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Spring Wining

Now that weíre on the downhill side of Spring and on our way to Summer, I thought Iíd shake out the cobwebs from my sleep-deprived mind and attempt to prepare myself for my favorite season of the year and the many opportunities for socializing with a little wine.

As many of you know, Winos John and Bob live in the Northern climes of New Jersey.  Heat, to them, is something that they see emanating from the exhaust of the vehicle ahead of them in the daily grind.  For those of us living below the Mason/Dixon line or West of the Mississippi, heat is here.  Imbibing the heavier red wine varietals of Cabernet Sauvignon or Rhone or Syrah is nice, but not exactly thirst quenching on a night that Hemingway, Fitzgerald, or Williams might describe as ďstinking hotĒ.  On these warmer nights, I prefer Chardonnays, Sauvignon Blancs, Pinot Noirs, or other lighter wines. 

Since Iím often outdoors kibitzing with a wino-wannabe neighbor, I need to protect my wine from increasing in temperature (Iím sure thereís an energy equilibrium theory that covers the reason why, Wino John, but I know from practical experience that if itís hot, my wineís going to get there too).  I have seen many people resolve the temperature problem by placing ice cubes in their wine.   STOP!  Donít do this.  Wino Sharon solved this problem in our household many years ago.  The secret to keeping a nice chill on wine in the summer (or for chilling wine that youíve opened after returning from the store) is to have a few frozen plastic cubes with distilled water inside.  These cubes cool the wine without melting and diluting the flavor.  They come in various sizes and shapes and are available at many stores stocking summer picnic supplies.  Amazingly, I have never seen them advertised in the wine catalogs, but then, those folks are trying to get us to buy $1,000 wine coolers and the $4.95 pack of plastic ice cubes wouldnít justify the glossy catalog space.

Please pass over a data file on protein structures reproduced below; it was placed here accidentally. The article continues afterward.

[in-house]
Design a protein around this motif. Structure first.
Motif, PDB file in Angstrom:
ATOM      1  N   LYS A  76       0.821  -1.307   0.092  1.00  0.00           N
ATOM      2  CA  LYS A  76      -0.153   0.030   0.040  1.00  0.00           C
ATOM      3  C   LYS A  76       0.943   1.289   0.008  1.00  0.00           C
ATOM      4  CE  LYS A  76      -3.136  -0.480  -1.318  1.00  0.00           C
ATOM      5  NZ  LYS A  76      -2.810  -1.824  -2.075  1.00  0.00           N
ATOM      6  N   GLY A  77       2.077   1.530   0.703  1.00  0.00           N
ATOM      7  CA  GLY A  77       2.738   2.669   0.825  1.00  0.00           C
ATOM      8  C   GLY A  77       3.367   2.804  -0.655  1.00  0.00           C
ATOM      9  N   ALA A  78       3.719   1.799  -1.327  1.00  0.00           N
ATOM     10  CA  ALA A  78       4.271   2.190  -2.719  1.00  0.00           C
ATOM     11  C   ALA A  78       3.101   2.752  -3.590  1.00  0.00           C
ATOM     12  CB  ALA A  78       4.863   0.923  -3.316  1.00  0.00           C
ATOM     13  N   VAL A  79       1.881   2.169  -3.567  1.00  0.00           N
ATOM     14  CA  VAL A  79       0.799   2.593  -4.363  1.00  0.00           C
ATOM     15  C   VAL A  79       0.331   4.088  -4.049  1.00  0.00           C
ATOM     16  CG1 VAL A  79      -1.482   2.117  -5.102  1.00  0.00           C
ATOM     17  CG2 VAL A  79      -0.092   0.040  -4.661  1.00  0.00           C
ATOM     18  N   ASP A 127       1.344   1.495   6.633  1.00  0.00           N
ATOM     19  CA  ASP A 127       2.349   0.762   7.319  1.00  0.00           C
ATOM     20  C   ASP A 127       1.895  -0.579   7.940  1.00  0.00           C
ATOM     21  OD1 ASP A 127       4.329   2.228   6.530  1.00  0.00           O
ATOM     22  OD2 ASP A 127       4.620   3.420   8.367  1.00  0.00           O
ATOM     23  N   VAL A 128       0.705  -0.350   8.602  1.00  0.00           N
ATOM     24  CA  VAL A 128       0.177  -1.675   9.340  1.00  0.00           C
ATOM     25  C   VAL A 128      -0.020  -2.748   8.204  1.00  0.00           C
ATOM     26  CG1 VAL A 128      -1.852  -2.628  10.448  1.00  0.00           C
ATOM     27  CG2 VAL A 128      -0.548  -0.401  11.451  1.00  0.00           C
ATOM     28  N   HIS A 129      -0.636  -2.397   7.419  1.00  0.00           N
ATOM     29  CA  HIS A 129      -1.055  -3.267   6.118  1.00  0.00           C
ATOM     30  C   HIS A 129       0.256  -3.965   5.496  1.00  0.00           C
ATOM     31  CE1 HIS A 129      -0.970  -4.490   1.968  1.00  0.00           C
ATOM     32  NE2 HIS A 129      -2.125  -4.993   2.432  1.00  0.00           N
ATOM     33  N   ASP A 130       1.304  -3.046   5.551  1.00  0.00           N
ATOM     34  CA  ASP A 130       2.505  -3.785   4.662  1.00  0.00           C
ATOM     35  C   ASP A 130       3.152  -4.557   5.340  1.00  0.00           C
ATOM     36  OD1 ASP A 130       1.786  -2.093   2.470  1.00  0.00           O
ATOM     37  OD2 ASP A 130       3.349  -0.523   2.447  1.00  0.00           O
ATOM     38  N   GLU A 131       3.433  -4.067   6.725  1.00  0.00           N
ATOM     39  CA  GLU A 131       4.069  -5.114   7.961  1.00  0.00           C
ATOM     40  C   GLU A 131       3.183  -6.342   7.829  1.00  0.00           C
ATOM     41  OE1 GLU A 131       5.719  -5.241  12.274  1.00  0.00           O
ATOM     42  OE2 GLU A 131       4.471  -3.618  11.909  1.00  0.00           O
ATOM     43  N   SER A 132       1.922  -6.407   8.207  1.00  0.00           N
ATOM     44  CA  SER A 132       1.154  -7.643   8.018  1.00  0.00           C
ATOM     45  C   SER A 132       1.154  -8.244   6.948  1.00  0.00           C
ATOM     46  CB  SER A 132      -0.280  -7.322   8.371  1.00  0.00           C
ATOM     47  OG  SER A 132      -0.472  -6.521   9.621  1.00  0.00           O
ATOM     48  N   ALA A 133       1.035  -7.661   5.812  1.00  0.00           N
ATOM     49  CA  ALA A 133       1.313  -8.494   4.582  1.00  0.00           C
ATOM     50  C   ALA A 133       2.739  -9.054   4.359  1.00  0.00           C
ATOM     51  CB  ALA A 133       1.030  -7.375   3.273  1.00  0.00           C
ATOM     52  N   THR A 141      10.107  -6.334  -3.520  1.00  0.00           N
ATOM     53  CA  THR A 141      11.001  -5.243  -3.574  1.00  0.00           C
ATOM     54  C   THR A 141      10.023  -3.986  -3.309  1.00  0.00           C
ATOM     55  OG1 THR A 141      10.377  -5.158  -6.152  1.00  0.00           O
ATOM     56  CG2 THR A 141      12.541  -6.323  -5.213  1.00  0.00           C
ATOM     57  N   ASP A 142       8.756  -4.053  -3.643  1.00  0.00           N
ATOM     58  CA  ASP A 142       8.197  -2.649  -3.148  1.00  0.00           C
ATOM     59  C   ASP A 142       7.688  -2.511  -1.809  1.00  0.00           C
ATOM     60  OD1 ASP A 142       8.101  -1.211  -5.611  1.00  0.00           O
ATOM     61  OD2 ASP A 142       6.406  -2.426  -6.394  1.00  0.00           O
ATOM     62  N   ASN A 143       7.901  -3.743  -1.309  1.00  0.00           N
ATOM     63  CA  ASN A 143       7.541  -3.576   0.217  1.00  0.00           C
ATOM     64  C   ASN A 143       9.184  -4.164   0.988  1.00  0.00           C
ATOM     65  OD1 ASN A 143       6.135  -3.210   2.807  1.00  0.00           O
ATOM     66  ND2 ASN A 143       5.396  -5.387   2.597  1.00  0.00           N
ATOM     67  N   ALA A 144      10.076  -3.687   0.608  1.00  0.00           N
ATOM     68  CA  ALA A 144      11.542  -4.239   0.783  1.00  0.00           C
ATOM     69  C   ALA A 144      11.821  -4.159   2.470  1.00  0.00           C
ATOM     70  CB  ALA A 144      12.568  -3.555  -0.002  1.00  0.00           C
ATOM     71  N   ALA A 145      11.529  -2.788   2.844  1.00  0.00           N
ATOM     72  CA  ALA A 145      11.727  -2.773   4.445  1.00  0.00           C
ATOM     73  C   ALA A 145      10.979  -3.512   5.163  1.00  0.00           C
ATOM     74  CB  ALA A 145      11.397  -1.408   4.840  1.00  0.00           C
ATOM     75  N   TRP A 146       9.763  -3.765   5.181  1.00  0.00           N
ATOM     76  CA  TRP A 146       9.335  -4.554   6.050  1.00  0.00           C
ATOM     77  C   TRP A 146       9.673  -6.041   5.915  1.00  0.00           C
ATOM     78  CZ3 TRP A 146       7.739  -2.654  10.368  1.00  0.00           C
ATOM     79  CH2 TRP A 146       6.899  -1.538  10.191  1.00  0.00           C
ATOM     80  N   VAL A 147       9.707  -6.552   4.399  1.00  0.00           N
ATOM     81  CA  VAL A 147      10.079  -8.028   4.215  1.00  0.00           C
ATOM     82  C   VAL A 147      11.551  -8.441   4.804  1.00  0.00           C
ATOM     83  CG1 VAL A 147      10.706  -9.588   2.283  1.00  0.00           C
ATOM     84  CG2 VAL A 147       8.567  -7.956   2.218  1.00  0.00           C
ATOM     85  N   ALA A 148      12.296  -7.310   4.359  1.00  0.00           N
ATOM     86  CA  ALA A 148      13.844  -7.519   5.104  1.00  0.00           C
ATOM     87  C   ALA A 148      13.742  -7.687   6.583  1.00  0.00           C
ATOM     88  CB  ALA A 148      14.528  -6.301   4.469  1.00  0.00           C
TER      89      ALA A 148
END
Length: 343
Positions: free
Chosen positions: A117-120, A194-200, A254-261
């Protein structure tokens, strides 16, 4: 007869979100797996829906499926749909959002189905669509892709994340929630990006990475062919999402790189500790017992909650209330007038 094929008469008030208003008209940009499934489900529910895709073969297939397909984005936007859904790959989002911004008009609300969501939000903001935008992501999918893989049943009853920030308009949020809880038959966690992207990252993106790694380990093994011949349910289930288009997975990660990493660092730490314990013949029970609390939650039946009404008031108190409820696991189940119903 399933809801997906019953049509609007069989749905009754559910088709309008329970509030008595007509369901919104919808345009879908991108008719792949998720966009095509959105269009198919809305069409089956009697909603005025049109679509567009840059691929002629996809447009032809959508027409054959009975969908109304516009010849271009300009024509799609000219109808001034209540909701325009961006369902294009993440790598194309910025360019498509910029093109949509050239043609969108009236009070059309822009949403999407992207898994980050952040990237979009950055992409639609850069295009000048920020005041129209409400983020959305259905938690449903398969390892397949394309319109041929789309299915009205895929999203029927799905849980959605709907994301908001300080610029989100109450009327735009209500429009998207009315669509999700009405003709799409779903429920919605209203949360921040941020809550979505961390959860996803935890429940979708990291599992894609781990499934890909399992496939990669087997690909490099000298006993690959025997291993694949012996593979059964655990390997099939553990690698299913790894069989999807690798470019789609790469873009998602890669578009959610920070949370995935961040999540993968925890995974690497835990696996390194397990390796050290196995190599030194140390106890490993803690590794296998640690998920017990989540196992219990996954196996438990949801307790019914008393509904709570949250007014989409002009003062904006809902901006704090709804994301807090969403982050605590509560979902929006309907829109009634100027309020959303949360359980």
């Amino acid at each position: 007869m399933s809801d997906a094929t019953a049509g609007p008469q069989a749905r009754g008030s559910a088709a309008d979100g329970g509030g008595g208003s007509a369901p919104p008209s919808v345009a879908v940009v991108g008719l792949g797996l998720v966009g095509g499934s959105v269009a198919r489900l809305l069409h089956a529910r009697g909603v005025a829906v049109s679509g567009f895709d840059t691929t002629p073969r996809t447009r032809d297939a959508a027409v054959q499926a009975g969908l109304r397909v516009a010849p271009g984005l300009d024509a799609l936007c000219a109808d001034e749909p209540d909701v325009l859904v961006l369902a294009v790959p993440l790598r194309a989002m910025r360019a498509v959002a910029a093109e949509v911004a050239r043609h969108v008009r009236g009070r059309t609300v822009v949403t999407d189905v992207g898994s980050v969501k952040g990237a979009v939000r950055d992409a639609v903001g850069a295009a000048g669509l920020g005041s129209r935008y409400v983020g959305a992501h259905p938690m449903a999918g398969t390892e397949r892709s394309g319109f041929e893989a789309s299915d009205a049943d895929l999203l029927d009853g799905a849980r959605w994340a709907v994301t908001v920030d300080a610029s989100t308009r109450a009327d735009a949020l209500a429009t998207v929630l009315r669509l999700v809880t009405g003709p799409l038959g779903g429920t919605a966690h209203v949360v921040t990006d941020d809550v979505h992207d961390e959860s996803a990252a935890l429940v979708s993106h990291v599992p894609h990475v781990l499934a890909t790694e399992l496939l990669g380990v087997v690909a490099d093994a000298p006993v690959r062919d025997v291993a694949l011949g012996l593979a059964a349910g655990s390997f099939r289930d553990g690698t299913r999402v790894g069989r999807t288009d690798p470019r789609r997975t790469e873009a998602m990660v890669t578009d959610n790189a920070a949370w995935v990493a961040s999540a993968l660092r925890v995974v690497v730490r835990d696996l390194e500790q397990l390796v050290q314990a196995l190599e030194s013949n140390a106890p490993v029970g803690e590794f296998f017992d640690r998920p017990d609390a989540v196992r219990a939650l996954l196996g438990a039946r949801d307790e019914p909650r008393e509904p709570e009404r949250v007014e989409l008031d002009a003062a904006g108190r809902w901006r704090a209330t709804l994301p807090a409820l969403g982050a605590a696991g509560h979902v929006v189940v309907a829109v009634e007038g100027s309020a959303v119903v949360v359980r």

For those of you who enjoy taking a walk with a glass of wine in the summer evenings, an additional tip is to purchase a few quality plastic wine glasses.  Iím not referring to the throwaways, but rather the heavy-duty, picnic quality plastic glasses.  These are available from numerous sources.  They preserve the bouquet and flavor with the wine glass shape, but donít cause you the concern of walking around the neighborhood with a delicate glass that might break (of course, I have worked on training my neighbors to come out with a decent bottle of wine whenever they see Wino Sharon and me walking with an empty glass).

Hopefully, these tips are helpful.  Meanwhile, Iíll work on posting my top 10 wines to drink in the summer.  Maybe Wino John and Wino Bob will create a list too (climate adjusted for New Jersey).

Wino Wally

May 17, 2001

 


 

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